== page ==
Lesson 9: Managing Slides
As you add more slides to a presentation, it can be difficult to keep everything organized. Fortunately, PowerPoint offers tools to help you organize and prepare your slide show.
Optional: Download our practice presentation.
Watch the video below to learn more about managing slides in PowerPoint.
About slide views
PowerPoint includes several different slide views, which are all useful for various tasks. The slide view commands are located in the bottom-right of the PowerPoint window. There are four main slide views.
- Normal view: This is the default view, where you create and edit slides. You can also move slides in the Slide Navigation pane on the left.
- Slide sorter view: In this view, you'll see a thumbnail version of each slide. You can drag and drop slides to reorder them quickly.
- Reading view: This view fills the PowerPoint window with a preview of your presentation. It includes easily accessible navigation buttons at the bottom-right.
- Slide show view: This is the view you'll use to present to an audience. This command will begin the presentation from the current slide. You can also press F5 on your keyboard to start from the beginning. A menu will appear in the bottom-left corner when you move the mouse. These commands allow you to navigate through the slides and access other features, such as the pen and highlighter.
Outline view shows your slide text in outline form. This allows you to quickly edit your slide text and view the content of multiple slides at once. You could use this layout to review the organization of your slide show and prepare to deliver your presentation.
To view an outline:
- From the View tab, click the Outline View command.
- An outline of your slide text will appear in the slide navigation pane.
- You can type directly in the outline to make changes to your slide text.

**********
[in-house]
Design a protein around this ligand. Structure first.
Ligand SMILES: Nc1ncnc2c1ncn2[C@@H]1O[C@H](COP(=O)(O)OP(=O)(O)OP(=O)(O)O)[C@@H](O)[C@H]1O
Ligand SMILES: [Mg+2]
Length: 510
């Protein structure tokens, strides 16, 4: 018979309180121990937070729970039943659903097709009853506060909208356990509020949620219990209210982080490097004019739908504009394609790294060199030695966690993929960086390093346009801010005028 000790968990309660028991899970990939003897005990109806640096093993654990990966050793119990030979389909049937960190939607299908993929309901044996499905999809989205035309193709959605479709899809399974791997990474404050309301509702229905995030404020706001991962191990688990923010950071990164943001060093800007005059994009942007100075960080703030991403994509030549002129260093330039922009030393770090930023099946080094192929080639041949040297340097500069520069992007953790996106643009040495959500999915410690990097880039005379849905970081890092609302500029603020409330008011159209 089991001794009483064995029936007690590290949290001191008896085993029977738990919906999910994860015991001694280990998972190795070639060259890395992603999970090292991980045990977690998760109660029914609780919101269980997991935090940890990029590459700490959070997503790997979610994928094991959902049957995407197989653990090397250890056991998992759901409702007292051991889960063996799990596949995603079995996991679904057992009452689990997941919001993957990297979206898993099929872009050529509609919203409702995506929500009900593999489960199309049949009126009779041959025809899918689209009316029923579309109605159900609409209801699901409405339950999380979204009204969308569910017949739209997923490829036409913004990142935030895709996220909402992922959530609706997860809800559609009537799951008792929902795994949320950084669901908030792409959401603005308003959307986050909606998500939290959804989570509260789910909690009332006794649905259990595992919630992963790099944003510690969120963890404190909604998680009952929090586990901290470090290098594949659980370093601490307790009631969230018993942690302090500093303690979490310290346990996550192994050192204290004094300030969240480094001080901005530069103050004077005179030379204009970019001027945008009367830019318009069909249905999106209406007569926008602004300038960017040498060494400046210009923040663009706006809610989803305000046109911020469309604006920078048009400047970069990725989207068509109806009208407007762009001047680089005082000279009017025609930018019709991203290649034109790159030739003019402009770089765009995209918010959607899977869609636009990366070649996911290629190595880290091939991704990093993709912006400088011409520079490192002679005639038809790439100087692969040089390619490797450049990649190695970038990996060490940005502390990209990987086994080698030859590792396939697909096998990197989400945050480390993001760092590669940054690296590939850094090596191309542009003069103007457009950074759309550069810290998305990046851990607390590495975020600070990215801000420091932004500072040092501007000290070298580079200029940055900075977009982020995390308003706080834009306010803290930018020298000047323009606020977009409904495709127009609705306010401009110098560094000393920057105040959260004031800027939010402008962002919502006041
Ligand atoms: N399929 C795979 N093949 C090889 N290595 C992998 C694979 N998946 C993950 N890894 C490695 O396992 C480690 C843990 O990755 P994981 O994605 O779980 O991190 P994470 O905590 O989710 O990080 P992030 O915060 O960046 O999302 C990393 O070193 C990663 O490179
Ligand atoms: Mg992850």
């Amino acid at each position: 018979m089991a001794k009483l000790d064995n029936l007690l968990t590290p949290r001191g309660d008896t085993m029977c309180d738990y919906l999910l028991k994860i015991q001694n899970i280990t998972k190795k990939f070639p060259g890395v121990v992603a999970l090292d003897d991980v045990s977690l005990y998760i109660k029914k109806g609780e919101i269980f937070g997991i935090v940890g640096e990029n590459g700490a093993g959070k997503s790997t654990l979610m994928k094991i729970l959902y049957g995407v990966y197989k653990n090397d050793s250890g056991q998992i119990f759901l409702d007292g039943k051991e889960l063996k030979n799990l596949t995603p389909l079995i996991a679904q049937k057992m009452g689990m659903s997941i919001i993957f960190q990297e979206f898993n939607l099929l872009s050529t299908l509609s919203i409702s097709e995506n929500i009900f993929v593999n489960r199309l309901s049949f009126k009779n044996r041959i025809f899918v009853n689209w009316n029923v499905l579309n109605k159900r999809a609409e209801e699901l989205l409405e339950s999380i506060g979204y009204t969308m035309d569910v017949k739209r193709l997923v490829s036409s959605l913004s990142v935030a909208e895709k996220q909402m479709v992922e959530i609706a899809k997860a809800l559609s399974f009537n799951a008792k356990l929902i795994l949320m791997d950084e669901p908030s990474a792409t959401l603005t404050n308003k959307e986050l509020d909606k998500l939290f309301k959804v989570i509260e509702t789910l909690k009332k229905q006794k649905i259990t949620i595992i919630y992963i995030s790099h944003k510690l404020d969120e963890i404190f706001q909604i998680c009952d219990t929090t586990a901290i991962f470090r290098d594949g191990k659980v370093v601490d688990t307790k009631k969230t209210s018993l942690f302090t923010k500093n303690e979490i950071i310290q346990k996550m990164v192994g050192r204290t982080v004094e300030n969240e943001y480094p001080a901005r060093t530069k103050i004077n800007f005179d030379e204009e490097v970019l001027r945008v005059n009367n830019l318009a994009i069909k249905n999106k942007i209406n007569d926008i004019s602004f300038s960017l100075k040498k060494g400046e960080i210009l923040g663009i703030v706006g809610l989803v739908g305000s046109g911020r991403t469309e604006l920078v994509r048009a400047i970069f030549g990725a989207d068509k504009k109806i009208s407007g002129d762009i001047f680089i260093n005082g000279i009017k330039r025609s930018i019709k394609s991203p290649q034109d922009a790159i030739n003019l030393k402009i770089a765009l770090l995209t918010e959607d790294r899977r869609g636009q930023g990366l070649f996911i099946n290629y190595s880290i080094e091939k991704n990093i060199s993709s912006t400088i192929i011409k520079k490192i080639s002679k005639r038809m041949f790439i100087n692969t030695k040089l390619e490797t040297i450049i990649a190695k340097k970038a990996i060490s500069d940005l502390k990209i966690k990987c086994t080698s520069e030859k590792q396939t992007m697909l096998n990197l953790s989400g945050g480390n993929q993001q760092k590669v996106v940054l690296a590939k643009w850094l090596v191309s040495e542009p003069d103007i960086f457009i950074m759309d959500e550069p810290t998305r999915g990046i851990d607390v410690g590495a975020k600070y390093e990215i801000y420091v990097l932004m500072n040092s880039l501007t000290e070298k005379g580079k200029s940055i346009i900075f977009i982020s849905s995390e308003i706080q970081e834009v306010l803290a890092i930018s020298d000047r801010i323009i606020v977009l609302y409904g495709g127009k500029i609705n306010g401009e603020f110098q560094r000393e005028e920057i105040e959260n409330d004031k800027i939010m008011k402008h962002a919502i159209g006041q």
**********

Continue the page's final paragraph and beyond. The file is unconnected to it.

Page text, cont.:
You can add notes to your slides from the Notes pane. Often called speaker notes, they can help you deliver or prepare for your presentation.
To add notes:
- Click the Notes command at the bottom of the screen to open the Notes pane.
- Click and drag the edge of the pane to resize it if desired.
- Click the Notes pane, and begin typing to add notes.
You can also access Notes Page view to edit and review your notes. Just click the Notes Page command from the View tab. From there, you can type notes in the text box below each slide.
If you have a lot of slides, you can organize them into sections to make your presentation easier to navigate. Sections can be collapsed or expanded in the Slide Navigation pane and named for easy reference.
To create slide sections:
In our example, we will add two sections: one for dogs that are available for adoption, and another for cats and other pets.
- Select the slide you want to begin a section.
- From the Home tab, click the Section command, then choose Add Section from the drop-down menu.
- An Untitled Section will appear in the Slide Navigation pane.
- To rename the section, click the Section command, then choose Rename Section from the drop-down menu.
- Type the new section name in the dialog box, then click Rename.
- Repeat to add as many sections as you need.
- In the Slide Navigation pane, click the arrow next to a section name to collapse or expand it.
To remove a section, click the Section command, then click Remove Section. You can also click Remove All Sections to remove all sections from your slides.
- Open our practice presentation. If you already downloaded our practice presentation to follow along with the lesson, be sure to download a fresh copy.
- Select the first slide and create a section.
- Rename the section Introduction.
- Select the slide titled Man's Best Friend and create a section named Dogs.
- Select the slide titled The Little Things In Life and create a section named Cats & Other.
- Move the slide titled Pogo so it's in the Dogs section.
- Change to Outline view.
- Create a note on slide 4 that says Move before slide 3 or delete.
- Switch back to Normal view.
- When you're finished, your presentation should look something like this: